THESE days most travelers visiting developing countries tend to carry with them a
copy of "Travelers' Health. How to Stay Healthy Abroad" or "When there
is no doctor", which they consult whenever illness strikes. These "health
bibles" for travelers describe the symptoms of various common diseases and the
treatments used. Depending how the information is interpreted, it can assist a person
to deal with their illness or lead them to believe they have some life-threatening
disorder and throw them into a complete panic leading to further psychosomatic disorders.
Overall, though these books can be useful.
But what did the daring and intrepid explorers of last century, the Garniers, Pavies,
Delaportes, and Lecleres, who trekked into the jungles of Indochina, consult when
they were struck down by illness? For example if they contracted something resembling
cholera, which during the 19th Century was a devastating illness, did they pull out
their copy of "En l'absence d'un médecin"? Had they such a book
it may have contained instructions for the treatment of cholera, similar to those
instructions issued by Doctor Chastang, Chief Physician of the French Navy, in a
pamphlet distributed to Europeans living in Cambodia in 1884.
In those heady days of medical science there were two treatments for cholera -
internal and external. The treatments as described in the pamphlet were:
- Treatment for the outside: First cover the sick with linen sheets, give him "wrap-around"
to the limbs, add hot water bottles under the covers. Vigorously massage with pure
schnapps or spirits with added camphor, especially when the patient suffers cramps;
- Treatment for the inside: Provide large quantities of tea-punch, to which a considerable
quantity of rum or spirits has been added (60-80 grams per liter). If these drinks
tend to increase the number of times that the patient vomits, one can then from time
to time administer some "Seltzer water", together with (more!?) schnapps,
spirits or rum. Warm wine or champagne, if on hand, can be used towards that same
goal, which consists of encouraging blood circulation and preventing the body from
becoming to cool (and one would think lead to further ferocious vomiting!).
You might think that this would be enough to put anyone out of their misery, but
no, there is a potion that had to be taken in conjunction with this treatment. This
apparently well known formula consists of the following ingredients which could be
administered together or separately:
Alcohol or spirits
This treatment had to be continued regularly until body warmth returned or until
the patient "reached a state of complete agony" (probably the more likely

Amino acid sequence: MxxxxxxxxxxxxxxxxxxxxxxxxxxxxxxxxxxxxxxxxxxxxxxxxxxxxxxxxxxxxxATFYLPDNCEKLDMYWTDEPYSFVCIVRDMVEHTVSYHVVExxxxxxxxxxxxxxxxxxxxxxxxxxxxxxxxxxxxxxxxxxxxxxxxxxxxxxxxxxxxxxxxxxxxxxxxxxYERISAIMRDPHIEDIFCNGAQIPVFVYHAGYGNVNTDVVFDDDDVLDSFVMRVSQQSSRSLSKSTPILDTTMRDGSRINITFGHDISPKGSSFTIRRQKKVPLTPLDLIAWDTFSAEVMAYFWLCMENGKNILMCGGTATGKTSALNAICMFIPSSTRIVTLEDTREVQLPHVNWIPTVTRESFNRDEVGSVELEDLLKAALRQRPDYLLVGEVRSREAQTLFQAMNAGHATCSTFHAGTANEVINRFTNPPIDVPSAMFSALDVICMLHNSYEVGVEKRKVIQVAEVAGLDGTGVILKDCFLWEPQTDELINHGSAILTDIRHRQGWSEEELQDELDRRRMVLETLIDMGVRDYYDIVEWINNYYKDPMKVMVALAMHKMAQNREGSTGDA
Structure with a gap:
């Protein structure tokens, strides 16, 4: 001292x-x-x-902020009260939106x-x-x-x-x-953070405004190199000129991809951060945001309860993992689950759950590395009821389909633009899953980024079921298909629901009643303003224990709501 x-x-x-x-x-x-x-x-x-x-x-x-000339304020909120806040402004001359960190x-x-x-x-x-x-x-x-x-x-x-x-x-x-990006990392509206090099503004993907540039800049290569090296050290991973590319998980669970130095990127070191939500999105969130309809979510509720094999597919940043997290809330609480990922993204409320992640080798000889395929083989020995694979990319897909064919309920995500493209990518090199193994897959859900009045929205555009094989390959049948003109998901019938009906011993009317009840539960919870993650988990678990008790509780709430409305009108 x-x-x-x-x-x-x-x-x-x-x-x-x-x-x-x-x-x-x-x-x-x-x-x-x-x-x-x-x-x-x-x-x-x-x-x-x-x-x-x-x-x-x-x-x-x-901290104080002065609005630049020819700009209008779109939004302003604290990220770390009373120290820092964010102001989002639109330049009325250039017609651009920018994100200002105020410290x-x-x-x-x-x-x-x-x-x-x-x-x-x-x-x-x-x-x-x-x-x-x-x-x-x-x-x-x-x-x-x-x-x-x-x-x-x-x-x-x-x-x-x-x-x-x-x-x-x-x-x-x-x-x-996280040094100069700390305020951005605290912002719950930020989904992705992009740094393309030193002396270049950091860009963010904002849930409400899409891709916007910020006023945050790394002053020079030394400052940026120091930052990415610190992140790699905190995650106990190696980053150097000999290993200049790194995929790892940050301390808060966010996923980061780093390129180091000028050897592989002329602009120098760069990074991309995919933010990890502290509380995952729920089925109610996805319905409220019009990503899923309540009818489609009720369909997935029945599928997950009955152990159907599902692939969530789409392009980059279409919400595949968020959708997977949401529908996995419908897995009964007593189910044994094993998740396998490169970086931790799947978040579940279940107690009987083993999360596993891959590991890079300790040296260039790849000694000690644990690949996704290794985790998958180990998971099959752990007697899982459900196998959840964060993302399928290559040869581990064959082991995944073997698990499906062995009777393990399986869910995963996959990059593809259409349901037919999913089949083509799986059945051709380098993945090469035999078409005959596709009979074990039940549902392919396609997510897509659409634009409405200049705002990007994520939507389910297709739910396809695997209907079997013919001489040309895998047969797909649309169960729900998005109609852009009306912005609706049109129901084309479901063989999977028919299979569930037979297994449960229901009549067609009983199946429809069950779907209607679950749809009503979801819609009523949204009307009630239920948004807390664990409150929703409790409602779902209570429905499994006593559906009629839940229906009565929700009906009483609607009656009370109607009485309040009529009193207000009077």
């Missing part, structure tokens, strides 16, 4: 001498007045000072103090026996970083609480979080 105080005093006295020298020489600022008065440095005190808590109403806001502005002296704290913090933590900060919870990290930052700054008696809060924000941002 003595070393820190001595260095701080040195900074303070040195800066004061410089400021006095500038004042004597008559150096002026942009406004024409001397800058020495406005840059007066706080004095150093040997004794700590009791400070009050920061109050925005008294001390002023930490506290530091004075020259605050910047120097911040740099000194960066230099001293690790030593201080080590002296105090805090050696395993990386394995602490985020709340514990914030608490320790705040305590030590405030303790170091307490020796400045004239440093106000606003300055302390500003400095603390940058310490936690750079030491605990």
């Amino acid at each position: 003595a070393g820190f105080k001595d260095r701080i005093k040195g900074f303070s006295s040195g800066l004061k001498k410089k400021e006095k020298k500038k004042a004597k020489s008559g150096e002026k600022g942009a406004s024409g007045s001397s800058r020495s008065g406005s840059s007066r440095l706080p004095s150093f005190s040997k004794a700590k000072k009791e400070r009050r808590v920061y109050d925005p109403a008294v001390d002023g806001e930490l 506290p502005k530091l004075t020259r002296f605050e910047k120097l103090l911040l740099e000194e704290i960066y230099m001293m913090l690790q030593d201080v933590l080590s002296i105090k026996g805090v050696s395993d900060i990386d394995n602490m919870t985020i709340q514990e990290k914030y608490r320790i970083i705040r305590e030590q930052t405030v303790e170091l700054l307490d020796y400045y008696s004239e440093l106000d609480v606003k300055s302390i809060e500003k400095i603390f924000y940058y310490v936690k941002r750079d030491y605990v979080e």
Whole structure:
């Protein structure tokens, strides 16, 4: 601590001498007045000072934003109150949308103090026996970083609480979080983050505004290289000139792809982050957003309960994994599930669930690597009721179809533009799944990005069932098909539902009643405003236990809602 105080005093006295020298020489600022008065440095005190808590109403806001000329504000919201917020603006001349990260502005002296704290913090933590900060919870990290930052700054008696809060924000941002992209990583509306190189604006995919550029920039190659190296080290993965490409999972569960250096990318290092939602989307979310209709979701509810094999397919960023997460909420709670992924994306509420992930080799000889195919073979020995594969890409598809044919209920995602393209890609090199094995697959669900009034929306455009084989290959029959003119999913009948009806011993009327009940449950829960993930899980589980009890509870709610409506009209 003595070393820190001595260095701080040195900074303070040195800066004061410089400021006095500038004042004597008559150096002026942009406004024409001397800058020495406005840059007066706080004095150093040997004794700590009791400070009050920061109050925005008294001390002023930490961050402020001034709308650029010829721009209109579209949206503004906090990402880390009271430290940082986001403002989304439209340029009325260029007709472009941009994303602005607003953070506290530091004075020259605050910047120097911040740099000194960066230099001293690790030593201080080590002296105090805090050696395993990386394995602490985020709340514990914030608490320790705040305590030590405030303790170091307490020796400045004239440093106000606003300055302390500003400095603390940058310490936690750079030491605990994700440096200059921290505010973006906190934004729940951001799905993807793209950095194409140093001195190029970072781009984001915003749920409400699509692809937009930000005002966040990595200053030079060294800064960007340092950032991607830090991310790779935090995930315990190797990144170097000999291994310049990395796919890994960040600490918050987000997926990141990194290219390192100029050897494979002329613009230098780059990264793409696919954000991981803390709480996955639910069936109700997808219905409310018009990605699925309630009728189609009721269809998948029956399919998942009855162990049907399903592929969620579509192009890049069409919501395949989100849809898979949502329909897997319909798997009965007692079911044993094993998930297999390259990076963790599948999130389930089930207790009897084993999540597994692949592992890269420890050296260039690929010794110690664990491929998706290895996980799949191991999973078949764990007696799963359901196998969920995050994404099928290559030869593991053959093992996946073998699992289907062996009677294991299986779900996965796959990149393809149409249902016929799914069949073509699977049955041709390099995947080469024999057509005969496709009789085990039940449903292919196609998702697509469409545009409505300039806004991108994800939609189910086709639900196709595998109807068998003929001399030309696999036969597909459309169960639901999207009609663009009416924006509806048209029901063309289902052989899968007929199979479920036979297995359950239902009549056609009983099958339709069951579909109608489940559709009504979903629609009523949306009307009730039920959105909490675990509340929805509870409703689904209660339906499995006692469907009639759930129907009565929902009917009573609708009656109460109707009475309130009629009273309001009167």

Compare this 19th Century treatment with the treatment used today. Oral antibiotics
and abundant quantities of oral rehydration solution is considered the simplest and
most effective measure. Cholera can produce dramatic fluid loss within hours of infection,
with 5-10 liters of fluid replacement needing to be administered quickly. Using Doctor
Chastang's remedy the patient was probably more likely to die from alcohol poisoning
before he/she recovered from the illness!
Equally interesting to the treatment was the precautions to be taken against the
further spread of the disease. Some precautions, amongst others, were:
- Get rid as soon as possible the materials "thrown out" by the sick
(vomit and excrement) and bury them in a pit at least half a meter underground;
- Burn all the clothes and bedsheets that were used by the sick during the illness
(there is a slight allusion to burning down the building the sick person was staying
- Burn sulfur in the apartment for several days and have bowls filled with chlorine
and hot water exposed to the air.
So if you have the following symptoms:
- Vomiting and excrement of thin watery texture;
- Absence of urine, partly or totally;
- Fast and weak pulse, then absence of pulse (too late);
- A face that becomes longer...
then according to Dr. Chastang you have cholera. Perhaps, next time you pack your
traveler's medical kit it might be worth stowing a bottle or two of schnapps into
- Information for this article was taken from National Archives of Cambodia, file
No.12029 (former number) Envoi d'une brochure de Docteur Chastang, médecin
en Chef de la Marine, Relative aux soins à donner aux cholériques,
1884. The National Archives, located behind the National Library alongside the Hotel
Royal, is open Monday-Friday, 8-11am and 2-4pm.